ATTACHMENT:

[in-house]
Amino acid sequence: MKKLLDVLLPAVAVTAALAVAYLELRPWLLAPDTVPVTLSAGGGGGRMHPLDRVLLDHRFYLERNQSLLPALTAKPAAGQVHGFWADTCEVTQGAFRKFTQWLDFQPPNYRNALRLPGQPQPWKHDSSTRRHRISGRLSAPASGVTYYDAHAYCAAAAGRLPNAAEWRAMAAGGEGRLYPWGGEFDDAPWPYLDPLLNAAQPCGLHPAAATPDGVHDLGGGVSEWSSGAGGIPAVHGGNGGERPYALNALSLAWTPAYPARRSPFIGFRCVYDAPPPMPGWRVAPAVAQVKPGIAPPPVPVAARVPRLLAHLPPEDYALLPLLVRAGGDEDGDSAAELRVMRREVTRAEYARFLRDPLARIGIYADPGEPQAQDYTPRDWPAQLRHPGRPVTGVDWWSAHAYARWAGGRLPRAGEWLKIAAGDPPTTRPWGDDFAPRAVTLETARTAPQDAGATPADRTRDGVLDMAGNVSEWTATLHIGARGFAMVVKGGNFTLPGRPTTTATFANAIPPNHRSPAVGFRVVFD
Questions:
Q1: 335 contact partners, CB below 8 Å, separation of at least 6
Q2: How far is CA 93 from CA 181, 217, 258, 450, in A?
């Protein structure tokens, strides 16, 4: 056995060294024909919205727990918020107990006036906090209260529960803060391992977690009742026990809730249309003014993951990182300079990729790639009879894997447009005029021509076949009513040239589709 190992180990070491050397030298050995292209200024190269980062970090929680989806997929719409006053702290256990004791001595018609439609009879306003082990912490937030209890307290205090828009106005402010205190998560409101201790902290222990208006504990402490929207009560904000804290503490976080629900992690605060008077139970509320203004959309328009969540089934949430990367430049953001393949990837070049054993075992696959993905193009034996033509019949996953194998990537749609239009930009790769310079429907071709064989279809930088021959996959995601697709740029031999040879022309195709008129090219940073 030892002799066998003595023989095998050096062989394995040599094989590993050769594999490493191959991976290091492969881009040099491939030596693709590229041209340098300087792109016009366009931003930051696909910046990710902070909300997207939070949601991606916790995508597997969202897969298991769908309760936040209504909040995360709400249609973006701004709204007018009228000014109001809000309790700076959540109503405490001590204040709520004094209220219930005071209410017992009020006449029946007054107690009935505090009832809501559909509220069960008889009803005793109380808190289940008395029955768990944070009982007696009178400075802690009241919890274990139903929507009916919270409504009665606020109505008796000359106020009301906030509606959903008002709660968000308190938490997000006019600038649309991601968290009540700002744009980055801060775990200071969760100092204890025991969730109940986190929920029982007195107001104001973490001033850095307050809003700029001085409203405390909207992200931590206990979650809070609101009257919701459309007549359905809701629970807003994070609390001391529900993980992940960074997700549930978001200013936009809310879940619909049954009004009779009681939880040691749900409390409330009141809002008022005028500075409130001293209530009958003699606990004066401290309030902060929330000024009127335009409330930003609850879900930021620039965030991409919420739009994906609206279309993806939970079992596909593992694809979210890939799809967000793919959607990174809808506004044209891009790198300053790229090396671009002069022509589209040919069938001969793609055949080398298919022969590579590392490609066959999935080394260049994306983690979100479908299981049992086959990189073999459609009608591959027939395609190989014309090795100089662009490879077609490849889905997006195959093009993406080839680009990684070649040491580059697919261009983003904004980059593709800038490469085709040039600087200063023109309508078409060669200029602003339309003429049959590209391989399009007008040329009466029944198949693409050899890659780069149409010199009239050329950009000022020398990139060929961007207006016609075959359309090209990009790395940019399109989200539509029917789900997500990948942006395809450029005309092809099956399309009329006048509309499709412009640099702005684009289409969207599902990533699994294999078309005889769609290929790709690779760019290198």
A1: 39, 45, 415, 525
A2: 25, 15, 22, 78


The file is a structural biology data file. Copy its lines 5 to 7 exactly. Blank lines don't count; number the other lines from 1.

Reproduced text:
Q2: How far is CA 93 from CA 181, 217, 258, 450, in A?
């Protein structure tokens, strides 16, 4: 056995060294024909919205727990918020107990006036906090209260529960803060391992977690009742026990809730249309003014993951990182300079990729790639009879894997447009005029021509076949009513040239589709 190992180990070491050397030298050995292209200024190269980062970090929680989806997929719409006053702290256990004791001595018609439609009879306003082990912490937030209890307290205090828009106005402010205190998560409101201790902290222990208006504990402490929207009560904000804290503490976080629900992690605060008077139970509320203004959309328009969540089934949430990367430049953001393949990837070049054993075992696959993905193009034996033509019949996953194998990537749609239009930009790769310079429907071709064989279809930088021959996959995601697709740029031999040879022309195709008129090219940073 030892002799066998003595023989095998050096062989394995040599094989590993050769594999490493191959991976290091492969881009040099491939030596693709590229041209340098300087792109016009366009931003930051696909910046990710902070909300997207939070949601991606916790995508597997969202897969298991769908309760936040209504909040995360709400249609973006701004709204007018009228000014109001809000309790700076959540109503405490001590204040709520004094209220219930005071209410017992009020006449029946007054107690009935505090009832809501559909509220069960008889009803005793109380808190289940008395029955768990944070009982007696009178400075802690009241919890274990139903929507009916919270409504009665606020109505008796000359106020009301906030509606959903008002709660968000308190938490997000006019600038649309991601968290009540700002744009980055801060775990200071969760100092204890025991969730109940986190929920029982007195107001104001973490001033850095307050809003700029001085409203405390909207992200931590206990979650809070609101009257919701459309007549359905809701629970807003994070609390001391529900993980992940960074997700549930978001200013936009809310879940619909049954009004009779009681939880040691749900409390409330009141809002008022005028500075409130001293209530009958003699606990004066401290309030902060929330000024009127335009409330930003609850879900930021620039965030991409919420739009994906609206279309993806939970079992596909593992694809979210890939799809967000793919959607990174809808506004044209891009790198300053790229090396671009002069022509589209040919069938001969793609055949080398298919022969590579590392490609066959999935080394260049994306983690979100479908299981049992086959990189073999459609009608591959027939395609190989014309090795100089662009490879077609490849889905997006195959093009993406080839680009990684070649040491580059697919261009983003904004980059593709800038490469085709040039600087200063023109309508078409060669200029602003339309003429049959590209391989399009007008040329009466029944198949693409050899890659780069149409010199009239050329950009000022020398990139060929961007207006016609075959359309090209990009790395940019399109989200539509029917789900997500990948942006395809450029005309092809099956399309009329006048509309499709412009640099702005684009289409969207599902990533699994294999078309005889769609290929790709690779760019290198």
A1: 39, 45, 415, 525